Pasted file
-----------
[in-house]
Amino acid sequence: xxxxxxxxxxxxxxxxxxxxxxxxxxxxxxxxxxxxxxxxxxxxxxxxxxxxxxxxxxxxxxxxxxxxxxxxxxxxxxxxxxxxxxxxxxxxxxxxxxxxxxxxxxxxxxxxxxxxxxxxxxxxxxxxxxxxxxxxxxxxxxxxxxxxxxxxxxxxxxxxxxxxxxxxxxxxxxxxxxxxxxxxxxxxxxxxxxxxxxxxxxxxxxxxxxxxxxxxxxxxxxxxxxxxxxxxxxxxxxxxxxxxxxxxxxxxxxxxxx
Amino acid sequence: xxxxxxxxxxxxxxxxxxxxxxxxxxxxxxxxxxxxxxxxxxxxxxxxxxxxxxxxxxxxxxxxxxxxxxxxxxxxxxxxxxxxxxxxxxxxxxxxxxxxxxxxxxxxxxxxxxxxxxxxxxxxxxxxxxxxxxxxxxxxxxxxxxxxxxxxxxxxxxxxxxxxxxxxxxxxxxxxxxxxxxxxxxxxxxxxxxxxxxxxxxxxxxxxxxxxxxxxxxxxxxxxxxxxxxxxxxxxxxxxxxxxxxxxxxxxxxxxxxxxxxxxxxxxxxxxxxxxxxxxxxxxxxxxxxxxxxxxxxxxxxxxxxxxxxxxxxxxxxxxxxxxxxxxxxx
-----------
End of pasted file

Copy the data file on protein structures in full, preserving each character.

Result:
[in-house]
Amino acid sequence: xxxxxxxxxxxxxxxxxxxxxxxxxxxxxxxxxxxxxxxxxxxxxxxxxxxxxxxxxxxxxxxxxxxxxxxxxxxxxxxxxxxxxxxxxxxxxxxxxxxxxxxxxxxxxxxxxxxxxxxxxxxxxxxxxxxxxxxxxxxxxxxxxxxxxxxxxxxxxxxxxxxxxxxxxxxxxxxxxxxxxxxxxxxxxxxxxxxxxxxxxxxxxxxxxxxxxxxxxxxxxxxxxxxxxxxxxxxxxxxxxxxxxxxxxxxxxxxxxx
Amino acid sequence: xxxxxxxxxxxxxxxxxxxxxxxxxxxxxxxxxxxxxxxxxxxxxxxxxxxxxxxxxxxxxxxxxxxxxxxxxxxxxxxxxxxxxxxxxxxxxxxxxxxxxxxxxxxxxxxxxxxxxxxxxxxxxxxxxxxxxxxxxxxxxxxxxxxxxxxxxxxxxxxxxxxxxxxxxxxxxxxxxxxxxxxxxxxxxxxxxxxxxxxxxxxxxxxxxxxxxxxxxxxxxxxxxxxxxxxxxxxxxxxxxxxxxxxxxxxxxxxxxxxxxxxxxxxxxxxxxxxxxxxxxxxxxxxxxxxxxxxxxxxxxxxxxxxxxxxxxxxxxxxxxxxxxxxxxxx